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Paul, you obviously know

Paul, you obviously know nothing of the back story in play here. I do, unfortunatley. "Kickbacks", no, but there are many other "legal ways" the francisor stands to gain as it pertains to this dispute.

KFC franchisees win

A Delaware-based law firm Potter, Anderson & Corroon LLP today (Feb 14, 2011) publish their summary of the KFC franchisees win.

In this post-trial opinion interpreting ambiguous terms of a certificate of incorporation, Vice Chancellor Strine considered extrinsic evidence of the parties’ negotiations over the certificate’s language and course of dealing, and applied the interpretive principle disfavoring disfranchisement, to hold that the certificate of incorporation did not grant the defendant the right to veto certain corporate acts approved by the corporation’s governing body.

...The court held that the franchisees‘ reading of the certificate was the more reasonable, and that the certificate did not grant KFCC a veto right over recommendations approved by a majority of the Committee. - Lexology

michael webster's picture


Guest writes: 

"Hey, Webster has a point. Rather than figure out and enforce the contract, the judge should have designed a management structure that better facilitates marketing."

Another Guest writes:

"The role of judges is not to reform or reinterpret contracts."

Both of these guests are correct - a new management structure that faciliates the KFC marketing is needed, but it is not the role of a Judge to construct this structure. 

From a strategic point of view, the current structure sets up, reinforces the participants viewing their interaction as a game of chicken - both sides have to commit to unswerving loyalty to their own version of the brand.  The resulting crash served no one, and as John Gordon has pointed out: further infighting is likely.

Before both parties rush back to counsel, for advice on the rematch, I suggest that they step back and conduct a simplified simulation, or role-play, of how they got to their death match.  Otherwise, the parties will find themselves trapped in spiral of conflict.

There are a number of providers which can construct, create, and teach these simulations - a much better use of the ad funds than going to the Delaware Court.

Re: No conspiracy by KFC franchisor

Paul puts the KFC strategy into perspective. Not everything a franchisor does is meant to somehow shorthand and/or swindle the franchisee. As the market evolves, so must the franchised brand.

"Kentucky Fried Chicken" was recognized by its loyal "fried" chicken consumer base as "KFC" long before the franchisor took advantage of the evolving consumer preference for a healthier alternative. Dropping the "fried", meant less association with their products being "fried". The timing may have been coincidental to competitors, such as, Boston "Chicken"/"Market" and Kenny Rogers Roasters, coming to market.

Many loyal Dunkin' Donuts consumers refer to the brand as "DD". Due to the evolving consumer brand recognition, the new Dunkin' image incorporates "DD" into the brand's identity. Makes sense to keep up with the times; especially, for mature franchised brands like "KFC" and "DD".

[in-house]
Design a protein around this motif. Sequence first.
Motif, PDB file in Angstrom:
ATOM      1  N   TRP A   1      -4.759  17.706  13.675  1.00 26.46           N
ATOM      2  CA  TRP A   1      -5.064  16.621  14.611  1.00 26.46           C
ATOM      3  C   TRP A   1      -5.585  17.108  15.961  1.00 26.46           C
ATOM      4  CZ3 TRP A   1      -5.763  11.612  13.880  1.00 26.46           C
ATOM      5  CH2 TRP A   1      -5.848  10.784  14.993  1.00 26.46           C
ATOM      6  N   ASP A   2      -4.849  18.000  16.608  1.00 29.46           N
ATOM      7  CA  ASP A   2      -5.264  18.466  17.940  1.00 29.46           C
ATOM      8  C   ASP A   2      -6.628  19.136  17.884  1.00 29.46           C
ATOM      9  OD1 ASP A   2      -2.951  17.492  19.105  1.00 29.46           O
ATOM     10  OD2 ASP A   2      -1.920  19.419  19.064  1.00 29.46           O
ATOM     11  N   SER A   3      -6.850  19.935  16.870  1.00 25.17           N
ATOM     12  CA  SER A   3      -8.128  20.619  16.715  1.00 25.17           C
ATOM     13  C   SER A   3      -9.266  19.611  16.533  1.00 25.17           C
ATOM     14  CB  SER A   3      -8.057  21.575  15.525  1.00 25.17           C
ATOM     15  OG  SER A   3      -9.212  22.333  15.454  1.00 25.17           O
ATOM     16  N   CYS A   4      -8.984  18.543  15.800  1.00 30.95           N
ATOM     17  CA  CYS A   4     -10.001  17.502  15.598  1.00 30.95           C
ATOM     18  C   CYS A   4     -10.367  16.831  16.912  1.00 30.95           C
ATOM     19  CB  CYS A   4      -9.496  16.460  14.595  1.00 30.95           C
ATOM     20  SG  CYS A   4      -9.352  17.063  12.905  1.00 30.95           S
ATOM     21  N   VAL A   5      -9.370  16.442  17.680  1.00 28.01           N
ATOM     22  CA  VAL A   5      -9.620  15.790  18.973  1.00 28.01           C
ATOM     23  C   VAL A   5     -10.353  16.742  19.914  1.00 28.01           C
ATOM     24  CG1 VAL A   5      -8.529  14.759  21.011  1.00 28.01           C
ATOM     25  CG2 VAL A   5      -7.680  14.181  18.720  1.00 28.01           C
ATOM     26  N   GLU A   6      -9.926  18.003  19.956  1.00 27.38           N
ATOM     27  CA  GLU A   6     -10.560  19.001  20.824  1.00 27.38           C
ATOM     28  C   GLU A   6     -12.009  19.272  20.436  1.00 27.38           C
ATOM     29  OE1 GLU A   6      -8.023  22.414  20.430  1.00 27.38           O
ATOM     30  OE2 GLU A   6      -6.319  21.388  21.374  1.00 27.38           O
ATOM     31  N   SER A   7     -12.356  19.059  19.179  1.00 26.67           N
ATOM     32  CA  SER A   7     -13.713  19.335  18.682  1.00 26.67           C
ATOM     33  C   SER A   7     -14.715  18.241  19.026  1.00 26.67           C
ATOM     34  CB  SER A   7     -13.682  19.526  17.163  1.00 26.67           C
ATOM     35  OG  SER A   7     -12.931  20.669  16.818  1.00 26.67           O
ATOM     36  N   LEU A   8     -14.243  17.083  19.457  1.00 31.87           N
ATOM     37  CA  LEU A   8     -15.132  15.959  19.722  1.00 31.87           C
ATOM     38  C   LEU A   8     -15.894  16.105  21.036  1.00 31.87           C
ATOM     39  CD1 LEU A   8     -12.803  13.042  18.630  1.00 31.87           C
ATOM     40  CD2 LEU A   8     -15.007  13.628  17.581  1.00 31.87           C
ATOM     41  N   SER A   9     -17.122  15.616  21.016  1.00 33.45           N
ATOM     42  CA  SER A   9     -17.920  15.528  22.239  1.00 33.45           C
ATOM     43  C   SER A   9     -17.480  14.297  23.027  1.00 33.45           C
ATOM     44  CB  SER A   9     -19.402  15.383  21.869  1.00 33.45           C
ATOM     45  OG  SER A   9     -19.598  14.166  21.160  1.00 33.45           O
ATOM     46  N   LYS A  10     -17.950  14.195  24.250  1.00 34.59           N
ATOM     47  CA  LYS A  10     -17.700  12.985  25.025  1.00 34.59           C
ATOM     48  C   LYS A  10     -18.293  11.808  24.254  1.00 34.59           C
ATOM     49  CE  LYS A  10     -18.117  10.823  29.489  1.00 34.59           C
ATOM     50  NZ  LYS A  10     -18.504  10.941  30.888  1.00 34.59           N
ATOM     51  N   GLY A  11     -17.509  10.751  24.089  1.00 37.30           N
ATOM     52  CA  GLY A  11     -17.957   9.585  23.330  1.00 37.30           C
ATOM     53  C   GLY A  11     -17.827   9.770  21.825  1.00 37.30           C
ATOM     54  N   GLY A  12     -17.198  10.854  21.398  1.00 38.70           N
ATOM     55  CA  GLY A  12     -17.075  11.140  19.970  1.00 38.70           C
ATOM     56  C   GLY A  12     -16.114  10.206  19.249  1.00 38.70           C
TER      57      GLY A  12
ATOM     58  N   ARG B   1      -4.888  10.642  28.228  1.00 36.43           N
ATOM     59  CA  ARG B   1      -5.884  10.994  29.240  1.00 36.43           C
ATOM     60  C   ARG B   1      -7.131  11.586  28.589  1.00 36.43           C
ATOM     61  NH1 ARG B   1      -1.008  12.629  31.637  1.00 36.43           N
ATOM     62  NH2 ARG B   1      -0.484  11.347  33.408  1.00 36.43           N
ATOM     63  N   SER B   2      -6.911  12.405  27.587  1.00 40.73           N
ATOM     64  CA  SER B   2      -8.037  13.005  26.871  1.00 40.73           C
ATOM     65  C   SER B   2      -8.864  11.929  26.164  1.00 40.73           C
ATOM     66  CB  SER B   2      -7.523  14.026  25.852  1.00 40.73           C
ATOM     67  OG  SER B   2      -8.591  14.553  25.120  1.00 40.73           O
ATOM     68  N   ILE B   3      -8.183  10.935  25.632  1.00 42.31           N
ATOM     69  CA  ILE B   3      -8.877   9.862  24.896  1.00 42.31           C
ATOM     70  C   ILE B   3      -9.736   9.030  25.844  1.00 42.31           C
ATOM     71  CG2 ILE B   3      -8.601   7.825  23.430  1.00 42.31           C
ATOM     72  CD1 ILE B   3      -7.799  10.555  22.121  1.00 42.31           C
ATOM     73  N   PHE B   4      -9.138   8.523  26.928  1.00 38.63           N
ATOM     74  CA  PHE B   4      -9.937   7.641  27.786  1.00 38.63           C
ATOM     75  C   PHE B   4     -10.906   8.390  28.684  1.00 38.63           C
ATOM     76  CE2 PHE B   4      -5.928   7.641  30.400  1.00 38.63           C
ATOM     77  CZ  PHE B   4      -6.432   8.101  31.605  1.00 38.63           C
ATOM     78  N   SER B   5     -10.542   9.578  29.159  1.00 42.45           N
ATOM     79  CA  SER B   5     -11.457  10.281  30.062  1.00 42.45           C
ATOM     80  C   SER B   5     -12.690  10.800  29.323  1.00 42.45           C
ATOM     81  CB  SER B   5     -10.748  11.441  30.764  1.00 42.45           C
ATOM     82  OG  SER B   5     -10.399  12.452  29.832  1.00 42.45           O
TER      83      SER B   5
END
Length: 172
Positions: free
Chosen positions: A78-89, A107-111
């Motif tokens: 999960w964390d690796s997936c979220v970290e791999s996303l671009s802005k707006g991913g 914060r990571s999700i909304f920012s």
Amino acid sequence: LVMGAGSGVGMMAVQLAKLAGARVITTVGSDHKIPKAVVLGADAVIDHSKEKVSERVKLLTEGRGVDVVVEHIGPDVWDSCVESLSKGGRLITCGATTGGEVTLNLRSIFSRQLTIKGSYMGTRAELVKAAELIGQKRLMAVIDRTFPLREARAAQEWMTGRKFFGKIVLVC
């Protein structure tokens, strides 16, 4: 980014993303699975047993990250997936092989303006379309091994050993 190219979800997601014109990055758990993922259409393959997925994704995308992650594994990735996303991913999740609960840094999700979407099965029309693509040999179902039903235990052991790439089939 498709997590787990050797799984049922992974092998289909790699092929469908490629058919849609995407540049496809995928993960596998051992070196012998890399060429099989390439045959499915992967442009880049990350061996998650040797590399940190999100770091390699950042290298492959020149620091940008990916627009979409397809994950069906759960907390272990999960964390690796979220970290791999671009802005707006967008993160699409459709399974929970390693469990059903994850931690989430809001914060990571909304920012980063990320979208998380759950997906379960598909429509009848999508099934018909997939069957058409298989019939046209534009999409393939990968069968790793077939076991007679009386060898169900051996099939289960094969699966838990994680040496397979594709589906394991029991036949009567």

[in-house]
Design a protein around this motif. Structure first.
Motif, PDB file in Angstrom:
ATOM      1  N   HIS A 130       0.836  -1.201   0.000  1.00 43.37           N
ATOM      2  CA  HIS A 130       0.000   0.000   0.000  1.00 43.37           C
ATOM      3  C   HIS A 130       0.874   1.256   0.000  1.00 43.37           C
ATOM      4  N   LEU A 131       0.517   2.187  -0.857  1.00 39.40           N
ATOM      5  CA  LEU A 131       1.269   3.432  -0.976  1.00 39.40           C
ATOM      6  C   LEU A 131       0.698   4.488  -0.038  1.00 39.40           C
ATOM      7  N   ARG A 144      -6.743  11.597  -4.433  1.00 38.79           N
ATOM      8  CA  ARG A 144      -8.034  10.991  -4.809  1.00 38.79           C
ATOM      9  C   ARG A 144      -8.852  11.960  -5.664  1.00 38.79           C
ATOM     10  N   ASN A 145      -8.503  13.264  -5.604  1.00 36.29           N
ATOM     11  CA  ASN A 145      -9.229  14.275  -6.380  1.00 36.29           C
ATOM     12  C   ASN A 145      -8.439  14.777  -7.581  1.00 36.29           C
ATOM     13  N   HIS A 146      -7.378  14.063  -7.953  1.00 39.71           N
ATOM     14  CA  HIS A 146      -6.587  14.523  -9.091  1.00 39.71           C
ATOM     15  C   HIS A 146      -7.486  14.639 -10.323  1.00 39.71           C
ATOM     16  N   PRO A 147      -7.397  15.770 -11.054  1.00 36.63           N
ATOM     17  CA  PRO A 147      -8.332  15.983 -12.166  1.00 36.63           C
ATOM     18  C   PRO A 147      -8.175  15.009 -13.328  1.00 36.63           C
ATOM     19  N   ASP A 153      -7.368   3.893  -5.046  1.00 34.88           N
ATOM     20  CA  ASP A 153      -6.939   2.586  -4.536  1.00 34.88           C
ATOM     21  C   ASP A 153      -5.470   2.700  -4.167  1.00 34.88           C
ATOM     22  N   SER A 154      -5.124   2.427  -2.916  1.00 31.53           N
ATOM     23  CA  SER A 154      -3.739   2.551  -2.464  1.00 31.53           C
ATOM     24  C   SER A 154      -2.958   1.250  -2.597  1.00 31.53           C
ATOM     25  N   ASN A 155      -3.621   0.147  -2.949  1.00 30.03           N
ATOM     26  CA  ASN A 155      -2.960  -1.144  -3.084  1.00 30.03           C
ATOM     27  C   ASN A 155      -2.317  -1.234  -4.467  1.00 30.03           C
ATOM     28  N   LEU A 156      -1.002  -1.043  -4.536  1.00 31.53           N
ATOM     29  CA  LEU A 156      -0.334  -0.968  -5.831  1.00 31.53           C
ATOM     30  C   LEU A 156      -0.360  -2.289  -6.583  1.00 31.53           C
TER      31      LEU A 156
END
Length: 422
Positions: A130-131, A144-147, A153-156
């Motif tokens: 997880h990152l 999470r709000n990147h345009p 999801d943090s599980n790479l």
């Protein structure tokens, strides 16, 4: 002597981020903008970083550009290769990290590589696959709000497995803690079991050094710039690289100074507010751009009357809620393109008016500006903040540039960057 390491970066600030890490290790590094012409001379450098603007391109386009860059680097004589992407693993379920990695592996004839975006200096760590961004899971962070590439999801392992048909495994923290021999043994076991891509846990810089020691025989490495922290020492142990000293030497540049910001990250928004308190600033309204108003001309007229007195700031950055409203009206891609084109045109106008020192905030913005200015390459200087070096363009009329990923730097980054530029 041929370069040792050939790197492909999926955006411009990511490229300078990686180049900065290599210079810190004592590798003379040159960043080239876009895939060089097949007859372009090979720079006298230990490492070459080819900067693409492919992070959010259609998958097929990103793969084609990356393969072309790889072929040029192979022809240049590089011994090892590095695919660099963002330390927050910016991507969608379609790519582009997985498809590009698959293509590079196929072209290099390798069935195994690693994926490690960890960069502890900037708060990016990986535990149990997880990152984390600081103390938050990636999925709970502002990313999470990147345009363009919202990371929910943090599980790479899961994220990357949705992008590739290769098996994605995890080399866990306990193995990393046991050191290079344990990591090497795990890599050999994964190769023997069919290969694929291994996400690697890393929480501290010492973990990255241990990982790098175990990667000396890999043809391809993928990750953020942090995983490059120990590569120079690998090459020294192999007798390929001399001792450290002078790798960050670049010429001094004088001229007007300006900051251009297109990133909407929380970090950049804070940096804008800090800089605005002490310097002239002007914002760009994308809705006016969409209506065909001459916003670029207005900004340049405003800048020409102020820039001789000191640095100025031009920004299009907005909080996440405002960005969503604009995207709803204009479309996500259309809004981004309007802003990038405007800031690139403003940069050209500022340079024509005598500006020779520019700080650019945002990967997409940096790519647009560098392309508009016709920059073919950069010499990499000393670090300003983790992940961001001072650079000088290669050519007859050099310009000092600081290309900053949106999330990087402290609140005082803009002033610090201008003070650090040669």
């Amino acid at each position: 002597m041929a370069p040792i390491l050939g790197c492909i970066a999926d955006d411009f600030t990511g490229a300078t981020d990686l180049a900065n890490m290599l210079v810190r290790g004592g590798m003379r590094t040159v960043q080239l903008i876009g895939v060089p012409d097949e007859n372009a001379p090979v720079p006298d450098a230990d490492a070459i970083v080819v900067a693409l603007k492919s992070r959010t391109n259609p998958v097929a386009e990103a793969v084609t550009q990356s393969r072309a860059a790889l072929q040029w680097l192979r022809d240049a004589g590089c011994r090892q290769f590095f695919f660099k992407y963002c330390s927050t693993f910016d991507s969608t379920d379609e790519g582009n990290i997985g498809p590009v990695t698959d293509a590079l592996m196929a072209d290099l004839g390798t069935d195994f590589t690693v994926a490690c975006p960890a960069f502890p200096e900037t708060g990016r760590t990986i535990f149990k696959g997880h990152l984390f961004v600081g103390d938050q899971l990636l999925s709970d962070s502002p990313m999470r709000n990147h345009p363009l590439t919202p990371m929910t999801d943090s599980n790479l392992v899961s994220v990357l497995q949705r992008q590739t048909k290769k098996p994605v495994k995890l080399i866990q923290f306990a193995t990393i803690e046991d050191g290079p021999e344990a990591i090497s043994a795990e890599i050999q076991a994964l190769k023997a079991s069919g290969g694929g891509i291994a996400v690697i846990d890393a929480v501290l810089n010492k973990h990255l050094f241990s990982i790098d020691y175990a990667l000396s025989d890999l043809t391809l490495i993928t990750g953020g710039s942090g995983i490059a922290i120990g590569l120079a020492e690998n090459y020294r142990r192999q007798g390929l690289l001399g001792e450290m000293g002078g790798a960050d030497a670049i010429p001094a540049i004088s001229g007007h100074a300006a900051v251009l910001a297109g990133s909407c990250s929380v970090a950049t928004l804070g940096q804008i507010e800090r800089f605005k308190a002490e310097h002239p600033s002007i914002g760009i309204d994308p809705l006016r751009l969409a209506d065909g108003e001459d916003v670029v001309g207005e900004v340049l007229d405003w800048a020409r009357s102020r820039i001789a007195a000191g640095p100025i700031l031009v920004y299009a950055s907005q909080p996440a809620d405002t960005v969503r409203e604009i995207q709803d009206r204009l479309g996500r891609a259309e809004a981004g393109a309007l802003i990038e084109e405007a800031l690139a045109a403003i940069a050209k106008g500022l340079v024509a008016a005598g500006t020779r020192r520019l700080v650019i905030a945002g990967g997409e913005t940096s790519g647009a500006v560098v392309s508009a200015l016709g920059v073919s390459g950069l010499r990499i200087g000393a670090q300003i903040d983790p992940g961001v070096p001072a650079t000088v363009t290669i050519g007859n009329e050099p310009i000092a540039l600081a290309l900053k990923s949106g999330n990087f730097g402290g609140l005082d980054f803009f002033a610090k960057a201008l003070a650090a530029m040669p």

John Gordon's picture

KFC Dispute: Next Steps and A Way Forward

We agree with Michael and Paul that further infighting is likely. While it was appropriate to see the Vice Chancellor enjoin KFC from "going dark" (and walking away with the marketing ad fund contributions) the essential issue remains.

KFC/ US store EBITDA margins and same store sales have been falling for some time. We understand that the US KFC same store sales decline bottomed out last quarter but that hardly fixes the US brand.

YUM is absolutely China and Internationally focused and made no comments on US KFC business last week during iots earnings call. That shows their focus.

We think many of the older QSR chains get trapped into a "one size fits all " approach, largely driven by Chief Marketing Officers  (and their ad agencies) with their desire for a single product and single print point on TV. That then leads to the "all fried " versus "all grilled" conflict.

In our work and projects, simply put, we see both "fried chicken stores" and "grilled" stores within the system.  Different locations, demographics, traffic patterns and the like. YUM/KFC, with all their G&A and talent, can come up with variable menus, store designs, pricing and marketing strategies that  work in both type of stores.    

Paul Steinberg's picture

No conspiracy by KFC franchisor

"Granville Bean" is correct. This has nothing to do with what is more profitable for the franchisor.

In fact, KFC used to be called "Kentucky Fried Chicken" and changed to downplay the "fried" aspect of the cooking. This goes way back to the time that Boston Chicken (which later became Boston Market) was successful in pitching the rotisserie chicken as a healthy and upscale alternative to fried chicken.

KFC has a tired brand and the market for fried chicken skews downscale. To recapture the moms who won't take their kids to a "fried food" place, the franchisor needs to change its image.

You may disagree with the franchisor's logic and/or advertising strategy, but this has nothing to do with any vendor kickbacks. (Or as Robert Zarco would call kickbacks: "vendor gratuities fully disclosed in the offering circular and therefore not illegal or improper.")

Ray Borradale's picture

yes, yes, censorhsip yes

on the left those who agree - on the right those with a brain

Granville_Bean's picture

BMM should disallow "Guest" postings

"Makes me wonder if the Franchisor makes a greater "rebate" on the sale of it's grilled chicken to the franchisee "

And sometimes a cigar is just a cigar.

Don Sniegowski's picture

More franchisee influence at KFC?

Delaware Court's vice-chancellor Strine gives this description in his opinion memorandum (pdf) of where franchisor KFC Corp plans to go—less operating and more franchising.